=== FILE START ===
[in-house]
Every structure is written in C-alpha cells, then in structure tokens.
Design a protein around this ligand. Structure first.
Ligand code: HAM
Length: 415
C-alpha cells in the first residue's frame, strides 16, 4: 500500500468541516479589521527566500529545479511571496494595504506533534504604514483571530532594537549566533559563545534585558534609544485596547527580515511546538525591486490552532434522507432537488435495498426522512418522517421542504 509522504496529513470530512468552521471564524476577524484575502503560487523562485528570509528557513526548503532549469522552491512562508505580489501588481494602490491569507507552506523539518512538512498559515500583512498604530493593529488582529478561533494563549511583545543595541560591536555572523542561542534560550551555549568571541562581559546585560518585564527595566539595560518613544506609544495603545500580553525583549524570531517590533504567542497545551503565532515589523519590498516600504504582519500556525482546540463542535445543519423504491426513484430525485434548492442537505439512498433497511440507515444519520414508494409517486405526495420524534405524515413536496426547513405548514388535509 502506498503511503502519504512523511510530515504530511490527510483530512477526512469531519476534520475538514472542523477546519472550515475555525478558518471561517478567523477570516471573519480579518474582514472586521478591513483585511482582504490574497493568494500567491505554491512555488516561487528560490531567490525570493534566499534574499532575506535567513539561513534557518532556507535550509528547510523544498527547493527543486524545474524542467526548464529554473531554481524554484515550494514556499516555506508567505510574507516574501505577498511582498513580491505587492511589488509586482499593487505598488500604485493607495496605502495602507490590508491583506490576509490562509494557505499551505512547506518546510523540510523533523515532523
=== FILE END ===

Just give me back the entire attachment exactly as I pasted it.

[in-house]
Every structure is written in C-alpha cells, then in structure tokens.
Design a protein around this ligand. Structure first.
Ligand code: HAM
Length: 415
C-alpha cells in the first residue's frame, strides 16, 4: 500500500468541516479589521527566500529545479511571496494595504506533534504604514483571530532594537549566533559563545534585558534609544485596547527580515511546538525591486490552532434522507432537488435495498426522512418522517421542504 509522504496529513470530512468552521471564524476577524484575502503560487523562485528570509528557513526548503532549469522552491512562508505580489501588481494602490491569507507552506523539518512538512498559515500583512498604530493593529488582529478561533494563549511583545543595541560591536555572523542561542534560550551555549568571541562581559546585560518585564527595566539595560518613544506609544495603545500580553525583549524570531517590533504567542497545551503565532515589523519590498516600504504582519500556525482546540463542535445543519423504491426513484430525485434548492442537505439512498433497511440507515444519520414508494409517486405526495420524534405524515413536496426547513405548514388535509 502506498503511503502519504512523511510530515504530511490527510483530512477526512469531519476534520475538514472542523477546519472550515475555525478558518471561517478567523477570516471573519480579518474582514472586521478591513483585511482582504490574497493568494500567491505554491512555488516561487528560490531567490525570493534566499534574499532575506535567513539561513534557518532556507535550509528547510523544498527547493527543486524545474524542467526548464529554473531554481524554484515550494514556499516555506508567505510574507516574501505577498511582498513580491505587492511589488509586482499593487505598488500604485493607495496605502495602507490590508491583506490576509490562509494557505499551505512547506518546510523540510523533523515532523